I wrote an article in March about the government plans to make the receipt of social security benefits for those with mental illnesses conditional on undergoing “state therapy.” I raised concern about ethical issues – such as consent, the inappropriateness of using behaviour modification as a form of “therapy,” and I criticised the proposed Cognitive Behaviour Therapy (CBT) programme on methodological and theoretical grounds, as well as considering wider social implications.
The 2015 budget included plans to provide online CBT to 40,000 claimants and people on the Fit for Work programme, as well as putting therapists in more than 350 job centres.
Since I wrote, over 400 psychotherapists, counsellors and mental health practitioners have written an open letter, published by the Guardian, about the broader, profoundly disturbing psychological and quality-of-life implications of the coalition government’s austerity cuts and policies. However, the letter was particularly critical of the government’s benefits sanctions scheme, which has been condemned by many of us – human rights advocates across the state – as brutal, unjust, ill-conceived, ineffective and inhumane.
In particular, the letter stated that the government’s proposed policy of linking social security benefits to the receipt of “state therapy” is utterly unacceptable. The measure, casually coined “get to work therapy,” was discussed by Chancellor for the Exchequer George Osborne during his last budget.
The letter’s supporters included psychotherapist and writer Susie Orbach. She called the Conservative proposals “beyond shocking.” Echoing the concerns I raised earlier this year, she said:
“It undermines the fundamental principles of one’s right to physical and mental care – that you have to be able to consent and that the people you go to have to be highly trained and have your best interests and aren’t meeting targets.”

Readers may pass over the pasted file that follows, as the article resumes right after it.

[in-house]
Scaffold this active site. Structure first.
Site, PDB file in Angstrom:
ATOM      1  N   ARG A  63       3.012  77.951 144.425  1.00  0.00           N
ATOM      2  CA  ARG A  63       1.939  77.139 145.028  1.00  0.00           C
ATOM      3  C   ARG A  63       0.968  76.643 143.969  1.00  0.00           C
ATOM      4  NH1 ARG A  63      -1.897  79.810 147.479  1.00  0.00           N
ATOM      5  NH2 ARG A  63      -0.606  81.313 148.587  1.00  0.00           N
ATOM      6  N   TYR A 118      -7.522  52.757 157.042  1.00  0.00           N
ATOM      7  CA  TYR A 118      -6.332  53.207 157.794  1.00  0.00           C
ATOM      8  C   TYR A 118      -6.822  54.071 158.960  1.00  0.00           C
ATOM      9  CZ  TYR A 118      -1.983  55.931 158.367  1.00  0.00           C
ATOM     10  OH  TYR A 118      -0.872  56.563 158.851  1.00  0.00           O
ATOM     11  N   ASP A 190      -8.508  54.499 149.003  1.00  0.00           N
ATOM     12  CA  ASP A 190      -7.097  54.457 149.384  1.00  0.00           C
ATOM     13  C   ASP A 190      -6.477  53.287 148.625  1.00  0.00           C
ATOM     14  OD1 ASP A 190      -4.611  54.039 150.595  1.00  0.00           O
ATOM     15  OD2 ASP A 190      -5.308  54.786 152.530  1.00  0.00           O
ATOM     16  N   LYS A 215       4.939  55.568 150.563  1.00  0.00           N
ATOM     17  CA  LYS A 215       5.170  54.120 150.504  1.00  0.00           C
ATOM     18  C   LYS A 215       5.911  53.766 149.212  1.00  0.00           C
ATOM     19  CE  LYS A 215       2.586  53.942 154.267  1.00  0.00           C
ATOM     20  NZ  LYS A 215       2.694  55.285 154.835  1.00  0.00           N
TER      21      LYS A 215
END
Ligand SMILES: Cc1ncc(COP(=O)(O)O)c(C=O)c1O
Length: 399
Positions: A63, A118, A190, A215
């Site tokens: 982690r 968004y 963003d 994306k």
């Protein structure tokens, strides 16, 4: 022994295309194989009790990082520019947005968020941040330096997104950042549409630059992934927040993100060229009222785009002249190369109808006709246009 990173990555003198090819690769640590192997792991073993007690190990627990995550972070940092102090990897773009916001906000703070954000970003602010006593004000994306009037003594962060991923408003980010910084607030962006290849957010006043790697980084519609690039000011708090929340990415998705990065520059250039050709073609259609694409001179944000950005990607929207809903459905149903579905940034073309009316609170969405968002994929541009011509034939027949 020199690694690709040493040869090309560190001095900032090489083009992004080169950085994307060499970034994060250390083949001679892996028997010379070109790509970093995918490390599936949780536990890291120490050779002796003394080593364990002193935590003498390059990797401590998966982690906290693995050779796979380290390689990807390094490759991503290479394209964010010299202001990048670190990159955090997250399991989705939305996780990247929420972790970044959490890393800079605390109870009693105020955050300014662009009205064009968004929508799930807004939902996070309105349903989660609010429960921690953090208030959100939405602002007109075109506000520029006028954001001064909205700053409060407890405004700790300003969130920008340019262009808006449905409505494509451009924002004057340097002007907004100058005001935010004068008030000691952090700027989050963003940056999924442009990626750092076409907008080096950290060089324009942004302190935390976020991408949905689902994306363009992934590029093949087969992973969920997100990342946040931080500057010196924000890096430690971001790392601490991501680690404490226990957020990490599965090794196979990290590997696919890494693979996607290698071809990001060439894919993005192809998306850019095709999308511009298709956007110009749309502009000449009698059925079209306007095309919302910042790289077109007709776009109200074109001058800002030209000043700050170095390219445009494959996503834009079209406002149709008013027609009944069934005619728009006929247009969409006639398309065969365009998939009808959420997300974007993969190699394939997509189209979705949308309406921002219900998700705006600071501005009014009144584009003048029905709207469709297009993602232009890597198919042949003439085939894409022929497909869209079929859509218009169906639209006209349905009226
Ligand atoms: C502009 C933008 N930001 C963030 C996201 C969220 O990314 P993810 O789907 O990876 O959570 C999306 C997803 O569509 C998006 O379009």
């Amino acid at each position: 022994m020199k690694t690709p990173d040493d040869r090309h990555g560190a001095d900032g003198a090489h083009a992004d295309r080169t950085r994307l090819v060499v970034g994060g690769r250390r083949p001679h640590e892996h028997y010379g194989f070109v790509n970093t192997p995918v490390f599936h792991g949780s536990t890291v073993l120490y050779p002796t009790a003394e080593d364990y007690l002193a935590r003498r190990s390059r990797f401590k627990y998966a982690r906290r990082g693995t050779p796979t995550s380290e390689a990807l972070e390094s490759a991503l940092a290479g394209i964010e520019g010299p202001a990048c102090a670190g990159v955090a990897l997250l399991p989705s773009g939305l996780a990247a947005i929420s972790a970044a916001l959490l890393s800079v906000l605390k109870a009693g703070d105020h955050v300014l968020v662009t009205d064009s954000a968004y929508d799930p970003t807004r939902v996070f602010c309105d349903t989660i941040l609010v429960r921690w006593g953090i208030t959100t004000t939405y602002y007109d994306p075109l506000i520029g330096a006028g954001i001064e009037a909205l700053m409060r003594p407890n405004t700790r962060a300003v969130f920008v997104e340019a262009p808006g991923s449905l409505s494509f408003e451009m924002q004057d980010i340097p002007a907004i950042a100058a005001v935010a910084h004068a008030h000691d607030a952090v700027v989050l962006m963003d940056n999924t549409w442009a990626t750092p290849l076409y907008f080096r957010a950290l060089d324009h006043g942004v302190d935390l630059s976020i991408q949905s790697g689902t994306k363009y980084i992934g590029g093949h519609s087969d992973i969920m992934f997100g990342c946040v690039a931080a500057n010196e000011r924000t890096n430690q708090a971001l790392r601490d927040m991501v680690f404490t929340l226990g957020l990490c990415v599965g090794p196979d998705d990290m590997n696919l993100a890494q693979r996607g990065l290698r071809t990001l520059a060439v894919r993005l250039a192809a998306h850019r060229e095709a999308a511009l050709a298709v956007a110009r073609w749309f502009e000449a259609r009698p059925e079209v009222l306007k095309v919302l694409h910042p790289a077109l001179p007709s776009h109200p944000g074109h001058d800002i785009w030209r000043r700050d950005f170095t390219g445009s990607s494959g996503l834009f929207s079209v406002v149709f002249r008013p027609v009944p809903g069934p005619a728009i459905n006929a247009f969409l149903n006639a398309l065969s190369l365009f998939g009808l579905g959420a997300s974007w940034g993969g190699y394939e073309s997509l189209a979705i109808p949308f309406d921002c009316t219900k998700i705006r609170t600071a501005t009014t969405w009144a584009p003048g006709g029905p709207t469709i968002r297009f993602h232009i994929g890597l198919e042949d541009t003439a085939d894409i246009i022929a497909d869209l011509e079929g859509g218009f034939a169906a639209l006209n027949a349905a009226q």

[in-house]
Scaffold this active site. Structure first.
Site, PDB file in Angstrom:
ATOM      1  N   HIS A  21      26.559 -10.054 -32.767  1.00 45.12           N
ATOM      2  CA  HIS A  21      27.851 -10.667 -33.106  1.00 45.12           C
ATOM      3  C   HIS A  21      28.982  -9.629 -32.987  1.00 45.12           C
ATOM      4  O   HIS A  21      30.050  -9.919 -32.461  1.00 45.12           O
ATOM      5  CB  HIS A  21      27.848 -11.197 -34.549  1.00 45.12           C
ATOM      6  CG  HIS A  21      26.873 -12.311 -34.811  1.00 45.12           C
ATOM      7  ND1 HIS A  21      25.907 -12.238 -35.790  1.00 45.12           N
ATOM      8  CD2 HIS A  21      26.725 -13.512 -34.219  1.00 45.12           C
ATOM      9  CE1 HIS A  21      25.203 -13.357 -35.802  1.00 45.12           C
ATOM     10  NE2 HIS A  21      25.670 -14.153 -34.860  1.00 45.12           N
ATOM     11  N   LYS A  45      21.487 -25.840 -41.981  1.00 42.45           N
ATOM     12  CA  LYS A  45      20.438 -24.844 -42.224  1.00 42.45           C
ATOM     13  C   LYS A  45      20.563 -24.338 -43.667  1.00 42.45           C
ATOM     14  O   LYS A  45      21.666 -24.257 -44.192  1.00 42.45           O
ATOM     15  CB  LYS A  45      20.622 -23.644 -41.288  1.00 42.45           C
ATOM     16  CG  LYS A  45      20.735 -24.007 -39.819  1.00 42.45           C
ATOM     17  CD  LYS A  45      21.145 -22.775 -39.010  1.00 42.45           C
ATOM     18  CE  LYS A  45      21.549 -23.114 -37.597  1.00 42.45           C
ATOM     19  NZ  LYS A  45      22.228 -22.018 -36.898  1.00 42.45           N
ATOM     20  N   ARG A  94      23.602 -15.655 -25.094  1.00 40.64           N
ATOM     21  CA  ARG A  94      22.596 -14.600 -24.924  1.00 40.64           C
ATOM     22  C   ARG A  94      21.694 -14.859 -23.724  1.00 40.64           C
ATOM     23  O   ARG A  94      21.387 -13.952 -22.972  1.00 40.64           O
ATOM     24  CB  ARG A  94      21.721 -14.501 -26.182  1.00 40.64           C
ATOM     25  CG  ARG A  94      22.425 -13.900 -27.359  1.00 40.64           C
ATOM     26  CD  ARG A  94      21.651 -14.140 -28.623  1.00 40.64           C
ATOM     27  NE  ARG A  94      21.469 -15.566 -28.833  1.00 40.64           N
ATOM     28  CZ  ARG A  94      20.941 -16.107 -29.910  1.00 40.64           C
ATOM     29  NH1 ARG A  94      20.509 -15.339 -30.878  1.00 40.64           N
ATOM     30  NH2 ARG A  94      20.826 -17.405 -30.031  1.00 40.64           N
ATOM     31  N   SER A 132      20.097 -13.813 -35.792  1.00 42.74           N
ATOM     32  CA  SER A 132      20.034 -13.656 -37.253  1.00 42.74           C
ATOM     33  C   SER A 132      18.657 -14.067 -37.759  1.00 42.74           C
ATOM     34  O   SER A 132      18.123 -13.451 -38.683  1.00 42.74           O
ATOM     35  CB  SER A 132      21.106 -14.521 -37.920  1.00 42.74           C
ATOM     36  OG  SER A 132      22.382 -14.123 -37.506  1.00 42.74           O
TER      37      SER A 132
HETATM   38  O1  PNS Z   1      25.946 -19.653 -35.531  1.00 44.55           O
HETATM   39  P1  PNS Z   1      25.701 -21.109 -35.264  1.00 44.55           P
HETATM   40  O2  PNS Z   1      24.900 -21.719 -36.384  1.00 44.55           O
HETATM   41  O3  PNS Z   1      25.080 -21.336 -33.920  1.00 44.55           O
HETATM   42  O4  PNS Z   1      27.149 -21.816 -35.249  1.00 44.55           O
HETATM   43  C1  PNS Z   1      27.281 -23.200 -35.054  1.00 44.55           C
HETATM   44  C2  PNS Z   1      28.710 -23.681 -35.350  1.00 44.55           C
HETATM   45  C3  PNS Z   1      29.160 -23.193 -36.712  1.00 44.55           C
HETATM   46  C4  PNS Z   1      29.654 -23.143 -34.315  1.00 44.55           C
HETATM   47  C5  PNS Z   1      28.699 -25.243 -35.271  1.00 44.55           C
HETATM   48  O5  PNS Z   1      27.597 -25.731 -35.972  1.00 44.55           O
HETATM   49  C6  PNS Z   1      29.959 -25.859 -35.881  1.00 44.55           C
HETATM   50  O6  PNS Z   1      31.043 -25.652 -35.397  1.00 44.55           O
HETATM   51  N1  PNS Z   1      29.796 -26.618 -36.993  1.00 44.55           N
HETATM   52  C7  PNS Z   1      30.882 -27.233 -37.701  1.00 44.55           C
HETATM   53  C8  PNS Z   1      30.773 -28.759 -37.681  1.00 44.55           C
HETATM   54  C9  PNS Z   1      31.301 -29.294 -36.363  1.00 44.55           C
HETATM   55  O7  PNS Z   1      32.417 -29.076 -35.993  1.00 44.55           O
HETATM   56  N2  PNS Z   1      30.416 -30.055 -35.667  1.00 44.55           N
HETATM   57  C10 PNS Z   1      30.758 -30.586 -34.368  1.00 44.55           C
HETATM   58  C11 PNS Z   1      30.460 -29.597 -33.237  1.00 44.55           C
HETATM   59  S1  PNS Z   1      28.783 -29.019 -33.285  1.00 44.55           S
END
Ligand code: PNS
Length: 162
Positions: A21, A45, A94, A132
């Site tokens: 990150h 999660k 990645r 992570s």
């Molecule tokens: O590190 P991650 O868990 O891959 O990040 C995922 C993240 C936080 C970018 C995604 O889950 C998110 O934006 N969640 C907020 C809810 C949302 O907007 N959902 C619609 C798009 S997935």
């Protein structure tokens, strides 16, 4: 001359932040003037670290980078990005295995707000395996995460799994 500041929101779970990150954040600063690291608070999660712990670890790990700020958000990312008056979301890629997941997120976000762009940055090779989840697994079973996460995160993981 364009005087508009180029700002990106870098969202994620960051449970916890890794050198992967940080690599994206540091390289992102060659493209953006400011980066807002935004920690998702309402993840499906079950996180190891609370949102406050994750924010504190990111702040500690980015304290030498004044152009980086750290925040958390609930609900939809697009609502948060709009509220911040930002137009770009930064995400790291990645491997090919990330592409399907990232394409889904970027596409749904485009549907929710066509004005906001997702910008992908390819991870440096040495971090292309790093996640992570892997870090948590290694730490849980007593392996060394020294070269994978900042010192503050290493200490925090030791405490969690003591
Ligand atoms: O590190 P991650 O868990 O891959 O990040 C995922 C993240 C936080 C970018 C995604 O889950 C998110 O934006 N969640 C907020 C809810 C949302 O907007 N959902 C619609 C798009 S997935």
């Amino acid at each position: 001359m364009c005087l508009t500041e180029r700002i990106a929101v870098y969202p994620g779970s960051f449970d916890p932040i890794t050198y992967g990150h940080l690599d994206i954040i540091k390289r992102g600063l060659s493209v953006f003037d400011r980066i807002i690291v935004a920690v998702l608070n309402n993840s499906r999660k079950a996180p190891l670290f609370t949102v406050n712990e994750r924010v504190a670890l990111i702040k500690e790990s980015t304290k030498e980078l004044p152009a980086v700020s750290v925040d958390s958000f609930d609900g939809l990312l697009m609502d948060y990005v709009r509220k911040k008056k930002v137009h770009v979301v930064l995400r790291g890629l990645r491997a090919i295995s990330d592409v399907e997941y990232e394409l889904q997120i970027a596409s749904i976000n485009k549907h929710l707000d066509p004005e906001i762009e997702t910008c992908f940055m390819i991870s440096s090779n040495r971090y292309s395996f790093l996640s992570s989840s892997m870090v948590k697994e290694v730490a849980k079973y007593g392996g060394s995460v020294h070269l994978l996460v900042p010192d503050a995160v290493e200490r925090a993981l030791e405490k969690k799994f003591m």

The letter’s signatories, all of whom are experts in the field of mental health, have said such a measure is counter-productive, “anti-therapeutic,” damaging and professionally unethical. The “intimidatory disciplinary regime” facing benefits claimants would be made even worse by further unacceptable proposals outlined in the budget.
Among the groups represented by the signatories were Psychologists Against Austerity, Britain’s Alliance for Counselling and Psychotherapy, Psychotherapists and Counsellors for Social Responsibility, the Journal of Public Mental Health, and a range of academic institutions including Goldsmiths, Birkbeck, the University of London, the University of Amsterdam, Manchester Metropolitan University, the University of Brighton, Disabled People Against the Cuts and others.
More generally, the wider reality of a society thrown completely off-balance by the emotional toxicity of social conservatism combined with economic neoliberalism (which I have argued is manifestly authoritarian) is affecting Britain in profound and complex ways, the distressing effects of which are often most visible in therapist’s consulting rooms.
This letter sounds the starting-bell for a broadly based campaign of organisations and professionals against the damage that neoliberalism is doing to the nation’s mental health.
The letter said that for now, we call on all the parties in this election to make it clear that they will urgently review such regressive, anti-therapeutic practices, and appropriately refashion their commitment to mental health if and when they enter government.
Andrew Samuels, an Essex University professor, and immediate past chair of the UK Council for Psychotherapy, said he believed there was “a bit of a public school ethos” behind the work-capability regime introduced under the conservative-liberal democrat coalition and new conservative plans.